You arrive at a restaurant where you’re supposed to be meeting your friend, and he texts you to ask if you can actually save five seats, all on your own.
He’s bringing extra people, and everyone will be a little bit late.
You can feel the anxiety setting in. You feel the looks people give you when they see you’re taking up six whole seats in a very crowded bar. You want to cry, but you also want to try.
You know this won’t end well.
Or, maybe an encounter with a potential romantic partner went awry, and you’re convinced that everyone is talking about it.
The more people you pass, the more convinced you become.
This still won’t end well.
Whatever the situation, whatever the reason, your feelings are escalating. You can feel them rising and falling in your chest and soon, you can only feel them rising.
These feelings are climbing up your chest and lingering at the bottom of your throat.
Slowly, they start to scale your throat. Some of these feelings climb onto your tongue, and others continue to the backs of your eyes.
These feelings are rising and soon they will hit the top. Soon, they will have to come out.
The explosion starts off slowly, as only a special kind of explosion can. You’ve felt it coming on, but you wanted to believe you could subdue it.
You want desperately to be able to control these panic attacks, to stop them before they happen, but you are only human.
A panic attack is a force you don’t really even understand, let alone have the ability to control.
You are in public when it starts. The tears start to come, silently, and soon, so do the stares.
You’re trying not to breathe too much because you know if you do, the hyperventilating will come. But soon, you don’t have a choice.
Your breathing gets heavy and you know you need to take cover, right now.
You are panting like a maniac, and the stares are pretty consistent now. Everyone is wondering what your problem is.
And, so are you.
You get yourself to the nearest bathroom as fast as you can. With any luck, it’ll be a single bathroom.
With no luck at all, it’ll be a public bathroom with multiple stalls, and anyone else in there will hear your commotion.
You slam the door to whatever it is you’ve got and let the full panic attack take over. The tears and the hyperventilating are at full force.
You are practically convulsing, you are crying so hard. You can’t breathe. You can’t see.
For a few moments, you honestly feel like you are dying.
This awful, full-force attack lasts for entire minutes before it starts to die. It is strong, it has stamina and it won’t let it go that easily.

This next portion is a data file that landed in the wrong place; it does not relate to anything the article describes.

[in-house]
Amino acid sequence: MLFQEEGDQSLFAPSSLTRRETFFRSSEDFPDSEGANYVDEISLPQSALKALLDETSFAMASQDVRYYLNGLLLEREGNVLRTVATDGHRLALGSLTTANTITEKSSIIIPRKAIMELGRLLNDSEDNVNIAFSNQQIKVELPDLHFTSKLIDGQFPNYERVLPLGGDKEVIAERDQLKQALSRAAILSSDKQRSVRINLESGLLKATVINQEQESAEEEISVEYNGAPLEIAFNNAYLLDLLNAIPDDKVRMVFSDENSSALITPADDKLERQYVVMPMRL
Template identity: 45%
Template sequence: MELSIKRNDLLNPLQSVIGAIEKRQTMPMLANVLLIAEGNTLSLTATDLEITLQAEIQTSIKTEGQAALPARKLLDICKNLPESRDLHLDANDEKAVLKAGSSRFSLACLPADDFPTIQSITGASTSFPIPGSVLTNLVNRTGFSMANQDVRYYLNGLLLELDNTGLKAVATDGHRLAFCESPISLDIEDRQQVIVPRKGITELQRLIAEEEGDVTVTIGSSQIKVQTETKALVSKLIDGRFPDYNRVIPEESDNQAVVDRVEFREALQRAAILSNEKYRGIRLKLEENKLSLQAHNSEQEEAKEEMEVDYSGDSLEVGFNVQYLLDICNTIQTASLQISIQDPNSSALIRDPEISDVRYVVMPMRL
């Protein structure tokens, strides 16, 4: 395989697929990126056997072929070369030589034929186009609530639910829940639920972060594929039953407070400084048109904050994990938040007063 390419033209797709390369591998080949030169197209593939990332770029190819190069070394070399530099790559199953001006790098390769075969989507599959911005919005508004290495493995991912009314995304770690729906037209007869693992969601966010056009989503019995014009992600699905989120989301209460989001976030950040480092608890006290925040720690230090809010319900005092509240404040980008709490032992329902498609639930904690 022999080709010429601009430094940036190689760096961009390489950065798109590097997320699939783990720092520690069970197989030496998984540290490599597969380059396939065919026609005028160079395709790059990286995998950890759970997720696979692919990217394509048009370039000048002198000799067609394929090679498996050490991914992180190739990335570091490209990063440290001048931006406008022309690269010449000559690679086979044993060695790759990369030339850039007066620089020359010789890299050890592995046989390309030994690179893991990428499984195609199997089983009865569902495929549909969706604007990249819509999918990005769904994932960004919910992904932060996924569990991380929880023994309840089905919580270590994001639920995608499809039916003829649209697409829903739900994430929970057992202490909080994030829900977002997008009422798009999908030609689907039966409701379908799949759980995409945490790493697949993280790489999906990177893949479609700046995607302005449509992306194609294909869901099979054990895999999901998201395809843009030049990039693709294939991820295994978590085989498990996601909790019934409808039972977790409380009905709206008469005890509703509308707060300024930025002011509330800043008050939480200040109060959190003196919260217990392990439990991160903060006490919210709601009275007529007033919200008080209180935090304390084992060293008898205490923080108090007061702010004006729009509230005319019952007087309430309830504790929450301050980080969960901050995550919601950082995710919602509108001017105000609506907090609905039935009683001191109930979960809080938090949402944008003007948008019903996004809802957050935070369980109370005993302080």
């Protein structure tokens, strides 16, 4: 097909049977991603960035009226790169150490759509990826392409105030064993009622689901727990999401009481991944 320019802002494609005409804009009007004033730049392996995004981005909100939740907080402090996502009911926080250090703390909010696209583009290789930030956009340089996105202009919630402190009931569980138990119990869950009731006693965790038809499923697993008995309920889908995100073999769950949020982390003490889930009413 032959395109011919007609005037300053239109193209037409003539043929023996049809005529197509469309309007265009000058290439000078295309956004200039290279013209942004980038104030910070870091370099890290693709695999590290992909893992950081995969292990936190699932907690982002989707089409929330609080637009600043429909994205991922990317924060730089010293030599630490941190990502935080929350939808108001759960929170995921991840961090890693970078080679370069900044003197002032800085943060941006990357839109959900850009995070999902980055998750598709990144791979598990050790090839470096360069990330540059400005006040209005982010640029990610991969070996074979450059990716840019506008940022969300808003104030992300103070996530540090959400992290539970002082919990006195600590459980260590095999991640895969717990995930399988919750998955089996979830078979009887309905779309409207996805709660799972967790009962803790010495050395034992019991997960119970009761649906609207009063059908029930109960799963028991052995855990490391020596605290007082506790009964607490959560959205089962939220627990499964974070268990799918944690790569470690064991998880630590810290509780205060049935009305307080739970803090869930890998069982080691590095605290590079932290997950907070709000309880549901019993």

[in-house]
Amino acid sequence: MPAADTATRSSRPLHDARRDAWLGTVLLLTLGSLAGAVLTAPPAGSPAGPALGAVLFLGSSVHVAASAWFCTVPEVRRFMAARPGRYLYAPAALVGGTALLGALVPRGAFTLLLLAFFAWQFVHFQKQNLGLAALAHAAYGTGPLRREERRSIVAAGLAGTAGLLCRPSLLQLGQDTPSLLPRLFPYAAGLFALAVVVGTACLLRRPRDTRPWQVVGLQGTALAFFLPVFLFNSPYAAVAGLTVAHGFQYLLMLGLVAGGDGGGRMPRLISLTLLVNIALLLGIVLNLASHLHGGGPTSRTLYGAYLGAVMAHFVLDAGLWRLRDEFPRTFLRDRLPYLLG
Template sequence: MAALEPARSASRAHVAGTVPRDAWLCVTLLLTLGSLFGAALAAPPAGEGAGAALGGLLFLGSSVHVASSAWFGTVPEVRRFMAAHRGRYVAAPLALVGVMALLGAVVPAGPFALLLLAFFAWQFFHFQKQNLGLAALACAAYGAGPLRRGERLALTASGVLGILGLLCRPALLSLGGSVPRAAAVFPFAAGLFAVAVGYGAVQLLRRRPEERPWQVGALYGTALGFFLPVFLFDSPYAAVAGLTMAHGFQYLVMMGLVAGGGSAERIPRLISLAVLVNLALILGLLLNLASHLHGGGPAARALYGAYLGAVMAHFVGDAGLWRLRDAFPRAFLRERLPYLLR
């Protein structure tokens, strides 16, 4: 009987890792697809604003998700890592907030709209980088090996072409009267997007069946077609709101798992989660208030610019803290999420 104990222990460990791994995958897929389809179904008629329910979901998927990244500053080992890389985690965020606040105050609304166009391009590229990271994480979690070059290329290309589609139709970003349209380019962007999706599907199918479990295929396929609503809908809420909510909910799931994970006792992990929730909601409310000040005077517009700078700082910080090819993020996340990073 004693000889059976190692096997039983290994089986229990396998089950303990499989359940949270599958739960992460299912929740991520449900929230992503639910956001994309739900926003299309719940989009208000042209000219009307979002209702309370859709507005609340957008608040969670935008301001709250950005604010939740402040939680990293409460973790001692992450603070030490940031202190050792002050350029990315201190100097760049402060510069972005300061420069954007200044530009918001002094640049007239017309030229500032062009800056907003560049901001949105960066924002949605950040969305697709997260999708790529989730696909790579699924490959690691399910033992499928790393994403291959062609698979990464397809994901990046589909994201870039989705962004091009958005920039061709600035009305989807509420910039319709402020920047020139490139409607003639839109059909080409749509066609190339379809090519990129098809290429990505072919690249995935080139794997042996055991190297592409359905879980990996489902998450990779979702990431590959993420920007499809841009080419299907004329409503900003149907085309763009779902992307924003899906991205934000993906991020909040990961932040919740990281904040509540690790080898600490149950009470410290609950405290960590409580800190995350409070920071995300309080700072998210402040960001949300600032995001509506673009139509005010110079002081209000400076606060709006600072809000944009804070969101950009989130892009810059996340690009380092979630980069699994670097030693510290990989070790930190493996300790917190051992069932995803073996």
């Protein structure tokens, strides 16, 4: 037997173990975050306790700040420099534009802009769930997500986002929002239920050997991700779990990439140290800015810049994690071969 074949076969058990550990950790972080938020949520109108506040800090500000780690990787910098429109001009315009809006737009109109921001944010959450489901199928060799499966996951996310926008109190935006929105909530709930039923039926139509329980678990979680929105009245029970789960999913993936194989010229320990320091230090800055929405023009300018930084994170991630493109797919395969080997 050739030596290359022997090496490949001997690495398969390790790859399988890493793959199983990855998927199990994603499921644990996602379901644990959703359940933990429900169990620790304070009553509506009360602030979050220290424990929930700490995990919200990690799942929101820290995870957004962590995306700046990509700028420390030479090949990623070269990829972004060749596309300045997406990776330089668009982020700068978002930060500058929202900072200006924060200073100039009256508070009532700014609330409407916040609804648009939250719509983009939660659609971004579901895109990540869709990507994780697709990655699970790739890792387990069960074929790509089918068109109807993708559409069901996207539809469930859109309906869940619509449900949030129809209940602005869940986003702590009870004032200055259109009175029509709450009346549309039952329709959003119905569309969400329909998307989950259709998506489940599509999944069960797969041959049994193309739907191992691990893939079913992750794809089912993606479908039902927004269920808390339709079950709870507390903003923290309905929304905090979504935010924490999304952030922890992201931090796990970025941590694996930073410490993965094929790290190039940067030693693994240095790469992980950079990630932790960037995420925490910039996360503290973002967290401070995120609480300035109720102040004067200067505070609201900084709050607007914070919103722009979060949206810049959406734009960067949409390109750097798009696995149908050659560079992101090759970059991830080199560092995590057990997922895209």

For what seems like a painful eternity, you are under full control of this attack, and it’s not fun.
It’s not something you can just shrug off. It completely takes over. It takes everything out of you. It doesn’t care how it’s making you feel.
Panic attacks are ruthless.
Finally, after centuries in that tiny bathroom, it begins to back off. Your breathing gets slower, and so does the flow of your tears.
When your breathing is back to normal and your tears are dry, you are shaken.
You feel lightheaded and sort of nauseous. You feel a little like you just completed an excruciating workout.
Your entire body is reeling. Your face is blotchy and you feel like you might not even be able to walk straight. It’s over, but you don’t feel any better. You feel broken.
You take a moment to calm yourself before you head back out into the world. You close your eyes. You tell yourself it’s okay.
This isn’t your fault, and you’re not stupid for going through this.
You examine your face. It looks like you’ve just been crying. Everyone will notice, and really, they have no idea. None. You’ve just been through a war against yourself.
You head back out and try to act normally. Of course, you guess, you’re not. You assimilate back into the swing of things, and you try to forget.
You might still be shaking. You might still feel woozy. You will probably just want to sleep.
And all of this over saving a few chairs. It sounds ridiculous. It sounds like a tall tale, something that doesn’t actually happen.
But, it is very real. This is a panic attack, and for so many people, this is a reality.
Panic attacks are not your fault. Panic attacks are not something you brought on yourself. They're nothing to feel guilty about.
You are fine, you are fine, you are fine. Even if you don’t feel fine, you are.
Panic attacks are awful, and so many people experience them. If you see someone about to lose his or her sh*t in public, don’t judge.
He or she isn't emotionally unstable or crazy and certainly can’t help it.
Instead of judging, just smile.
Even if a person can’t show it in that moment, he or she will appreciate it more than you will ever know.